Mr. Trudeau’s big infrastructure spend will be largely financed by a bigger deficit, which is projected to reach C$29.4 billion this fiscal year, or about 1.5% of GDP. That’s a sharp turn from the balanced-budget promise of his Conservative predecessor, who hewed the austerity path Mr. Trudeau is now shunning. Canada’s efforts stand in contrast to many of the world’s economies, whose finance ministers and central bankers meet this week in Washington for semiannual meetings of the International Monetary Fund and World Bank. Some—like Australia, also hit by the commodity rout—are trying to use coordinated fiscal and monetary policy. But larger advanced economies are holding firm to tight budgets, making Canada’s embrace of debt-fueled stimulus unusual.
“The eyes of the world—the economists—will be watching to see how Canada performs,” said Martin Eichenbaum, a Northwestern University economist who is also an international fellow at the C.D. Howe Institute, a Canadian think tank. “We’re all watching to see: Will they get it right?”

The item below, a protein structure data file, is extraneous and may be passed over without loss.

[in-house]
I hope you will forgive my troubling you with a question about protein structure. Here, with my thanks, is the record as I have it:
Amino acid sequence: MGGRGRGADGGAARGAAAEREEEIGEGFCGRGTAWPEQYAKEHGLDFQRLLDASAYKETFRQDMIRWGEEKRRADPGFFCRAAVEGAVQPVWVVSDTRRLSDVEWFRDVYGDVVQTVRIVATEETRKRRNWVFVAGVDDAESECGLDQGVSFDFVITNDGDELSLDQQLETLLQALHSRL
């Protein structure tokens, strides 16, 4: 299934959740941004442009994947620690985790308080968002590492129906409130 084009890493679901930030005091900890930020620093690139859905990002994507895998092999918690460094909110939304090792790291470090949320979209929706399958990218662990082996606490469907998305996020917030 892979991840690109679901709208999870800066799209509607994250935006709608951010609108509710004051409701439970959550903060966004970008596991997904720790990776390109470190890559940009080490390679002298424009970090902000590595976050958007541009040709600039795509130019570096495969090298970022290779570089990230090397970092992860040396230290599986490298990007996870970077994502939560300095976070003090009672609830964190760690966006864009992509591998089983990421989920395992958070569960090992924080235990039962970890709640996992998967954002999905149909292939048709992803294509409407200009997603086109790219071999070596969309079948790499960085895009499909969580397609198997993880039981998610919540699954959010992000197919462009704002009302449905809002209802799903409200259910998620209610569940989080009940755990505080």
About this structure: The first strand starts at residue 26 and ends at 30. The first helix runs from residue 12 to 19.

Yeah. Not going to happen….
Consider this. You’re a mob boss. You run a $1.8 trillion network of businesses across state lines and continents. Many of these are legit, but a select subset of them – not so much. Every so often the illegal components flare up; some Washington commission launches an investigation, someone blows a whistle, people lose their homes, a pack of investors sheds a ton of money and lawsuits fly. You get reprimanded and have to pay lawyers and accountants overtime to deal with the paperwork. You settle on fines with the government — $10 billion worth. Then you keep going with no one the wiser, no wings clipped, no hard time. After all of that — you say you’re sorry, forfeit some money you didn’t even make yet, and (maybe) resign with boatloads more of it.